Ah yes, it’s a pleasure every time again. See, the diocese of Würzburg has built a new archive some years ago with a large and well equipped reading room and the specialized library on the same floor; the diocese of Bamberg has built a new archive I have best memories of, I have used it only once until now. The archive of the diocese of Eichstätt has no new building but resides in a well restored historical house with a very large reading room flooded with natural light.
The Evangelisch-Lutherische Kirche in Bayern has an archive in Nürnberg, but the Kirchenbucharchiv consists of six (!) ancient and loud reading devices for microfilm or microfices (Ger.) cramped into a small sleazy room near the Lorenz Kirche (must see!), backyard under the roof guarded by a Saxonian shepherd … at least in winter it’s warm in there because there’s only one window (“Öffnen verboten!”) and the crappy old rumblers are heating up the room – how economical.
Next free date for using the reading room would be 21st of October but I am allowed to phone in tomorrow afternoon (“Danke, Archivleiter!” Clack!), maybe someone canceled an appointment, thank you Worzel. Oh this dialect …


16 thoughts on “Gänsefleisch

  1. Leni Qinan says:

    Your research sometimes sounds much better than the one of a top detective, Mago. I’ve carefully read your back comment on the previous post and now this last one and really, now I know what you mean when you say you must know the tools.

    Gute Nacht, Lieber. I’m off to bed now, I have my particular Morgengrauen tomorrow: Spain will be under the spell of a stupid pointless general strike. I must get up at 6am to drive to work. It will be a hard day.

    PS.- Btw, what’s the problem with the dialect…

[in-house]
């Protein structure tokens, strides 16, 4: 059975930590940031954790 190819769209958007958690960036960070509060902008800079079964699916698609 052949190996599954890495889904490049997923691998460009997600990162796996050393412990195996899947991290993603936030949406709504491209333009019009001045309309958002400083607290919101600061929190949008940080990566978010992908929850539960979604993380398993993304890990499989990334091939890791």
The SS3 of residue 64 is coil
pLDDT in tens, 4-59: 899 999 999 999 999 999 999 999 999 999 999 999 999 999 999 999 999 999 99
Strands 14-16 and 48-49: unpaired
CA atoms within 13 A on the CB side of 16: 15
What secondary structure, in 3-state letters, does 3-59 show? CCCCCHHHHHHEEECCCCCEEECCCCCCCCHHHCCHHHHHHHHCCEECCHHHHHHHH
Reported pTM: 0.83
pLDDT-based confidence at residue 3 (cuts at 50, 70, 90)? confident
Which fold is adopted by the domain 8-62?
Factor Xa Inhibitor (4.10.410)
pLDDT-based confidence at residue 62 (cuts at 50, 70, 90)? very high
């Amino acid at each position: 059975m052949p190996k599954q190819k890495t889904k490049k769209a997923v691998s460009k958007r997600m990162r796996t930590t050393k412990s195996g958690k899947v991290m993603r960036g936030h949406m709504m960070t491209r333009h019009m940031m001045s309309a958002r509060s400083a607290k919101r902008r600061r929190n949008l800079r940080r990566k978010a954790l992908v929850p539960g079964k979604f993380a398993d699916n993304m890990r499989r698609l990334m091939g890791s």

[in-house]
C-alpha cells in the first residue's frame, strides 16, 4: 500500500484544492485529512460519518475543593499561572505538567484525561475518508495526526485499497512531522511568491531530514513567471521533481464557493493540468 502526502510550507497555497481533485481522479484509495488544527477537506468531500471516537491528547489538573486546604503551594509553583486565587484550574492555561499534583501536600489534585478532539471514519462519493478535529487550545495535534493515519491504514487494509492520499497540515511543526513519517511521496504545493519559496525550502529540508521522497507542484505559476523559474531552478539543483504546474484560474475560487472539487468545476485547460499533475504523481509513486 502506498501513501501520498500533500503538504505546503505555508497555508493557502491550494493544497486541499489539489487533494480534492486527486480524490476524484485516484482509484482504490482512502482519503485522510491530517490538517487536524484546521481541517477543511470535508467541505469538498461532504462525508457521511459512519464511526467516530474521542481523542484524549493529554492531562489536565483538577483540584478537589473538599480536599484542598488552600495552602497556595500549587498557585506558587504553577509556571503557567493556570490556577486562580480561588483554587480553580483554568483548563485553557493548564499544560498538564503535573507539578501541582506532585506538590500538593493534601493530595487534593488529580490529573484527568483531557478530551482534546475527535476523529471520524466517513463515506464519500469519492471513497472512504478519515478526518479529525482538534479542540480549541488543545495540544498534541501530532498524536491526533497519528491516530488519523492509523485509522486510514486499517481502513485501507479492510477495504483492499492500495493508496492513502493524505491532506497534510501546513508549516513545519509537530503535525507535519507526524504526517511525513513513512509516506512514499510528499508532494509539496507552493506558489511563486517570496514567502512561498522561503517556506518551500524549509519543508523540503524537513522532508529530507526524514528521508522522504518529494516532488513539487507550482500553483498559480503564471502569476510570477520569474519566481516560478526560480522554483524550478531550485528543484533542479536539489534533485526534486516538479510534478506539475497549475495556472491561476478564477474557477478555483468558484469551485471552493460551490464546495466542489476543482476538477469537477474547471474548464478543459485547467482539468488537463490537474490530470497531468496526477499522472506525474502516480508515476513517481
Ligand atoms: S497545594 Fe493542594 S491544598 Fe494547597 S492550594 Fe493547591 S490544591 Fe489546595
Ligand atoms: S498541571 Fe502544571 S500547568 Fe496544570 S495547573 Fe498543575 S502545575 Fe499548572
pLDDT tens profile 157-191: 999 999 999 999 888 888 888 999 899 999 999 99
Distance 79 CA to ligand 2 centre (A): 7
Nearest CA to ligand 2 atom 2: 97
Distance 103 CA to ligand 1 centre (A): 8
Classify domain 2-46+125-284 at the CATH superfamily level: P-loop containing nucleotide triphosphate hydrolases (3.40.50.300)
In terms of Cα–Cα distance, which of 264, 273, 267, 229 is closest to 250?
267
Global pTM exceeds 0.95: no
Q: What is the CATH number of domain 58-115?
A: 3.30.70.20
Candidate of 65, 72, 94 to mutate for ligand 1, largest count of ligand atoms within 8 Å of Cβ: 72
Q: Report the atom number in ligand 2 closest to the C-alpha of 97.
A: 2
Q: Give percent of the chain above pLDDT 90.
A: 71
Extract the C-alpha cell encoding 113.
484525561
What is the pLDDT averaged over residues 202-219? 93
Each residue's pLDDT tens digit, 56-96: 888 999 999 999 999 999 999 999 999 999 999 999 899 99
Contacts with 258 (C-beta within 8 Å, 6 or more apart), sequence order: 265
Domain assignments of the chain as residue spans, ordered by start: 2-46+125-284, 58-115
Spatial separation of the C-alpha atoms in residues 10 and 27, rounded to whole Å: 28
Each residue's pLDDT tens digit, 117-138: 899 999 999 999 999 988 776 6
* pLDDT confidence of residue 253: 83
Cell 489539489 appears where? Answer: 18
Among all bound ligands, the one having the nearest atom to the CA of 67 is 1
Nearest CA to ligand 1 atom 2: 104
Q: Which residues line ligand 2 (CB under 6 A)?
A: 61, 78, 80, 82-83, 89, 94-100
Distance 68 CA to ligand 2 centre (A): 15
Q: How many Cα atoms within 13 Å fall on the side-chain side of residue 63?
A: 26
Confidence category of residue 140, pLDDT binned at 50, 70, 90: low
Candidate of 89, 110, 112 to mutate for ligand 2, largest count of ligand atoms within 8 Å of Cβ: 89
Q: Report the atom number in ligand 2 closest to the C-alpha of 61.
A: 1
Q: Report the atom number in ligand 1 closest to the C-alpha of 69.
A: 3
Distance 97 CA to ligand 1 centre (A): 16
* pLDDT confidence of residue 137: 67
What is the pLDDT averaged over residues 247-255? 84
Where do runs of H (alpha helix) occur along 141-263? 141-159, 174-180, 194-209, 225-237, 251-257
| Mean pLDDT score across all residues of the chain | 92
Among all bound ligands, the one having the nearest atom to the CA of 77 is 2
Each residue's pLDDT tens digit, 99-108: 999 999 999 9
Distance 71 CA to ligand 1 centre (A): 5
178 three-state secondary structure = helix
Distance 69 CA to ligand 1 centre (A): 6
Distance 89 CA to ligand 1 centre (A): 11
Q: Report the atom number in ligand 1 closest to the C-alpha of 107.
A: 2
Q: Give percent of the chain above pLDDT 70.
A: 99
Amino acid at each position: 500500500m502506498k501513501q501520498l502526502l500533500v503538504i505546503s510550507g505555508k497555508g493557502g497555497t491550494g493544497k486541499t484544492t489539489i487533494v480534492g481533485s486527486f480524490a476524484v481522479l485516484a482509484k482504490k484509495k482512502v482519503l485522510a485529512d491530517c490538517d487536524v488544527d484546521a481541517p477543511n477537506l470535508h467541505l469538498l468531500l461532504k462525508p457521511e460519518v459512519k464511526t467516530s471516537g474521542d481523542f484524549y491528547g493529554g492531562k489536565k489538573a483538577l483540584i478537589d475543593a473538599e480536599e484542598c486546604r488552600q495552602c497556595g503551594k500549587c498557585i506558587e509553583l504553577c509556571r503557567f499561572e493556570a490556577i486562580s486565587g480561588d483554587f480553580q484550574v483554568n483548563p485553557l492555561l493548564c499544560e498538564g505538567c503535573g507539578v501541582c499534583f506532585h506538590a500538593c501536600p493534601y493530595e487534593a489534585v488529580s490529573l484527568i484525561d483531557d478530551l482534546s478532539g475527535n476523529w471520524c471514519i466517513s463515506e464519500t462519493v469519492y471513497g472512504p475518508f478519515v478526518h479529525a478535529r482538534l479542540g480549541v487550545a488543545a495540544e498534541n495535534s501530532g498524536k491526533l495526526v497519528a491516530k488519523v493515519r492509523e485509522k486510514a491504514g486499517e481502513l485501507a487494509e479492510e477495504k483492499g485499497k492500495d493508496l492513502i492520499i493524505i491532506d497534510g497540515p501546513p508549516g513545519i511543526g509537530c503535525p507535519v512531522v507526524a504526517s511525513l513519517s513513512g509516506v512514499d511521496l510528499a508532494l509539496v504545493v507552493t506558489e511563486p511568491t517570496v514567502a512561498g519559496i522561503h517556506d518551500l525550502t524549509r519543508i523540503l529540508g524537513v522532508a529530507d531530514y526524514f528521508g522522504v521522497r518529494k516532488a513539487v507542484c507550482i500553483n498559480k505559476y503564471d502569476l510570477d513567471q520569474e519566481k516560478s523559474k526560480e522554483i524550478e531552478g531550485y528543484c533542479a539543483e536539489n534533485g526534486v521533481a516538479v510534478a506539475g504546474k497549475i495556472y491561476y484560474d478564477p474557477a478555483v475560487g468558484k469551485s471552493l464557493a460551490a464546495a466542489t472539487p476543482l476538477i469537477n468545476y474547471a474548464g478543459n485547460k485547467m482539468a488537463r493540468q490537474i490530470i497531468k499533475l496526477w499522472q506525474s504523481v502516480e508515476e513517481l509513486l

2. Ah, the joys of doing proper research from scratch.

    I can’t help but think you sound like you’re in your element. When I think back on the posts when you were doing security…ugh. Life might be tougher financially (I suspect) but you sound much more content. I really hope I’ve read you right.


  3. I heared / read about the general strike, Leni. The dialect is already in the title of the post: I wrote this after having had a phone conversation with the mentioned Saxonian shepherd. The different saxonian dialects are undescribable – you must have heared these sounds; the variety is large, as is in Franconia. A joke dating back to 1989 is “Gänsefleisch”, litteraly “meat of geese”. But also homonymic, identical in sound for “Können Sie vielleicht … (‘mal den Koffer öffnen?)”. Speak it. And exactly this was echoing through my head.

    When I get a “micro”film roll thick as a fist and have to search in it, I sometimes go full throttle just for the fun, XL. The old machines with hand crank are nice too. But I have a feeling that I will get fiches, sheets.

    I am an open book to you Roses! The financial situation is terrible and if I do not hear something positive from the employers I wrote to it will be another mindblowing job in a few weeks … I do not mind working something completely different and I know that I have to take what I can get, but I try to land something in my field. The genealogical research is fun and I enjoyed particularily to work for descendants of Franconian emigrants to America. But the Dollar is not more what it used to be …

  4. MJ, you slip in … Somewhere in the vaults I must still have a reading machine – they were sold out of the local library at the beginning of the 90s, for a tenner with various lenses. Mad, in the 1980s the written cardboard catalogue was still in use. Wonder whether they destroyed it.

  5. xl says:

    HA! Funny you should mention homonyms! When I made my comment last night I looked for the German for seasick. So I was going to make this joke.

    Me at microfilm viewer:
    seekrank = see/crank

  6. The header pic is nice. 🙂 Please tell me which plant is this.
    Have a happy reading and researching in reading room full of natural light. 🙂
    I liked ‘Sunday Music’ especially the discription about nature; sky, leaves and fog.
    Best wishes. 🙂

  7. Hello Chandrika Shubham, what you see are the fruits of the “Hecken Rose” (Ger.) Rosa corymbifera grows as a bush 2 to 4 meters high. The fruits are called “Hagebutten” (Ger., Eng.) and used for tea, marmelade … contain a lot of vitamins.

  8. It’s a kind of rollercoaster actually, Austere. I am glad to do something I like and “can”, know – and on the other hand time and means are very limited. Maybe I have to sell someting …

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